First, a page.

Reservoir Levels Low After Early Runoffby Associated Press
The Oregonian, July 21, 2000
A dry summer prompts concerns about possible harm
to migrating fish and less hydropower revenue
KENNEWICK, Wash. -- In the reservoirs behind the region's massive hydropower dams, it's beginning to look a lot like next month.
An early spring runoff means reservoir levels behind Columbia River Basin dams are lower than they normally are in late August, causing worries about lost hydropower revenues and potential harm to migrating fish.
"It's going to be a long summer," said Bob Heinith, hydro program coordinator at the Columbia River Inter-Tribal Fish Commission in Portland.
After four good water flow years in the Columbia and Snake river system, weather conditions this spring led to an unusual runoff that peaked earlier than usual.
"This is the first year when we have come into a summer near average and had it go dry on us," said Cindy Henriksen, chief of the Corps of Engineers Reservoir Control Center in Portland. "So this is somewhat of a new experience for us."
What started as a fairly normal "water year" turned sharply for the worse in May and June with dry weather across the region, Henriksen said.
At the start of June, summer water projections at The Dalles Dam were for 97 percent of normal. A month later, they were for 90 percent of normal.
"This year we have had a very dry June, so many of the reservoirs did not fill completely," Henriksen said, noting that river managers made a "conscious decision" to use storage water for fish in the early summer rather than late summer.
Every year, river managers juggle competing power, recreation, irrigation and fish demands for water.
This summer, with most of the region's large reservoirs drained nearly as far as possible, that's not as easy.
"This is obviously causing the region . . . to rethink how to allocate the water for the remainder of the summer," Henriksen said.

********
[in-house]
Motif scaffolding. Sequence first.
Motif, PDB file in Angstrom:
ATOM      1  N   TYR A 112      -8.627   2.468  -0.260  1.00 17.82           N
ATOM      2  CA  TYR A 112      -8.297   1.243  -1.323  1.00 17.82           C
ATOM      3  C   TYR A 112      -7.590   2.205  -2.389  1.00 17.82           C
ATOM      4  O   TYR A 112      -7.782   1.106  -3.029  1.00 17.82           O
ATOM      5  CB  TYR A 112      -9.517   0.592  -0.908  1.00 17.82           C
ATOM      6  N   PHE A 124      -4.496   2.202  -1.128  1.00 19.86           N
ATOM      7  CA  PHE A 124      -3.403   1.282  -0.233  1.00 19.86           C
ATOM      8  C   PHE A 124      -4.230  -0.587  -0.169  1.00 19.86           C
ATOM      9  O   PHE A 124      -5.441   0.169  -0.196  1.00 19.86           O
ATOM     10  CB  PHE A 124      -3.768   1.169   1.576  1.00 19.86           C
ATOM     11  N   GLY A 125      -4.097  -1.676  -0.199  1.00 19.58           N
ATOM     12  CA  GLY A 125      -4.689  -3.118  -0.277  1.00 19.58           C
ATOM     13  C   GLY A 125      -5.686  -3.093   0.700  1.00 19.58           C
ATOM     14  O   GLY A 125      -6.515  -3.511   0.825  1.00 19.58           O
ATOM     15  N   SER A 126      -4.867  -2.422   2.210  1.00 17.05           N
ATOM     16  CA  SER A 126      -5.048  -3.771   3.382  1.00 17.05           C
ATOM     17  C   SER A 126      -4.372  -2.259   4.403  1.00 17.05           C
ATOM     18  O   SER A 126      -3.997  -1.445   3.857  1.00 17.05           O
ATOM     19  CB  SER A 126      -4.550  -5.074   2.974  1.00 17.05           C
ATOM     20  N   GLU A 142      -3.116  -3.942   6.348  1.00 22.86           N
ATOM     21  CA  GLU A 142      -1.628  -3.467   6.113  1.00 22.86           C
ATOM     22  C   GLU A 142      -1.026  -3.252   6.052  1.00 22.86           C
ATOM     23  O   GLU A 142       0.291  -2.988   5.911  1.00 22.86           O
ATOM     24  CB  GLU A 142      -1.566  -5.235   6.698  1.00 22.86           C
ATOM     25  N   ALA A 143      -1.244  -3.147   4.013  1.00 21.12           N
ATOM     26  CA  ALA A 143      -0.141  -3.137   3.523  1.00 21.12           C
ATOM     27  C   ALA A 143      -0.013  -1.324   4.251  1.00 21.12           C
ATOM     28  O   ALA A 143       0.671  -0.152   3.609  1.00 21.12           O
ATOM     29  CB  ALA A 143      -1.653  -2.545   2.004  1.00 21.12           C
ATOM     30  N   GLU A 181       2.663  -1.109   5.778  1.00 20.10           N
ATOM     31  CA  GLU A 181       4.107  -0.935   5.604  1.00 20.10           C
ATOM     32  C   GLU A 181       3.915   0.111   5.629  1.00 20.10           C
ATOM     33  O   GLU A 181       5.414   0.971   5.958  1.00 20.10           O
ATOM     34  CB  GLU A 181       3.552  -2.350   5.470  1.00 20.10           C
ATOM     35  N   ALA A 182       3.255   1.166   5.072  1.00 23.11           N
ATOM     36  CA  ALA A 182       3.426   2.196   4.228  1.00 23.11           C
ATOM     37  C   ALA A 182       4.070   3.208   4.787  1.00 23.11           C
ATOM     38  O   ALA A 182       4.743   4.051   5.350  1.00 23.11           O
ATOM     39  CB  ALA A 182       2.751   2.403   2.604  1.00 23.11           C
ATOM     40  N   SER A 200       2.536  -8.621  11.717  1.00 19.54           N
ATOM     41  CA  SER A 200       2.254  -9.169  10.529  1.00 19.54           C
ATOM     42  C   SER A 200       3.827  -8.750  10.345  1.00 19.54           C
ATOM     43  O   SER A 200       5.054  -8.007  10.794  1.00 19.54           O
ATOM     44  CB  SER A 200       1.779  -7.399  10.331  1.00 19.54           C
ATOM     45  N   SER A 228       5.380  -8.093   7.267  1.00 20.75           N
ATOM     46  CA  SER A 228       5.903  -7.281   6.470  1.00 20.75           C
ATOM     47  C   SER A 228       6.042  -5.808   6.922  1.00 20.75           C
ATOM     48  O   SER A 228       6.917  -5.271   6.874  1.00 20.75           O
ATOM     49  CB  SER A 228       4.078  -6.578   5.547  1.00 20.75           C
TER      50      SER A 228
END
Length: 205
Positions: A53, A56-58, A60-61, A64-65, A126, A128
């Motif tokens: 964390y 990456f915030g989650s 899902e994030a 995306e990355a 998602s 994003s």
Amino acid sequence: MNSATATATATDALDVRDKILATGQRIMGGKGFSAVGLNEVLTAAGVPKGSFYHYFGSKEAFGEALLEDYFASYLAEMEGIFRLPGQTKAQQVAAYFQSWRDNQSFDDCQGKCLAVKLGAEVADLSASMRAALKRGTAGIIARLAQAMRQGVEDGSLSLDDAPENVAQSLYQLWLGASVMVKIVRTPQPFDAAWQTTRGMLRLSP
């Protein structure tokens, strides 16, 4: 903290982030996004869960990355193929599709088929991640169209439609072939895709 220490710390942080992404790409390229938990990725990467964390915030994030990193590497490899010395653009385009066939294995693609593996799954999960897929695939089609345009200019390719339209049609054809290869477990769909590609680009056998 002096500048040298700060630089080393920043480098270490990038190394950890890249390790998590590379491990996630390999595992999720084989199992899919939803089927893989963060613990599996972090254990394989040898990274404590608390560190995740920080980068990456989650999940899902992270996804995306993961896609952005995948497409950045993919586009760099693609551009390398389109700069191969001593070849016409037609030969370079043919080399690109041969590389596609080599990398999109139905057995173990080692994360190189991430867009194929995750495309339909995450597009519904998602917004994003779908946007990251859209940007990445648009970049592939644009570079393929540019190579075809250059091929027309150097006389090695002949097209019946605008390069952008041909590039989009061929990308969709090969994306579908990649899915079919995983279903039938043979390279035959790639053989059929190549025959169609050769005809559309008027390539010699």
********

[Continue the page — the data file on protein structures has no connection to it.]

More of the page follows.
"We're just stuck in a horrendous situation," Heinith said. "The conditions we are seeing out there are normally what we would see in late August. We are a month ahead in terms of temperatures."
High temperatures harm returning fish by sapping their spawning strength and making it easier for disease to spread through the population.
Heinith predicts that by September, the flow at Lower Granite Dam near Lewiston will be less than half of target flows to make sure the river is hospitable for migrating salmon.
"This is the first year that I can recall where we are not going to meet spring flow targets as well as the summer (targets)," Heinith said.
"We have this awful bargain in years like this," said Tim Stearns, director of the National Wildlife Foundation's natural resource center in Seattle. "Do you help spring fish, or do you save it for fall fish?"
Stearns said it's not clear if there will be enough water in the Snake system to cool the river for returning adults in late August and September.
Northwest tribes advocate saving water for the fall to support the large tribal and sport fishery.
Heinith and Stearns predicted the region would see a decrease in salmon returns in three and four years, when this year's fish return to spawn.
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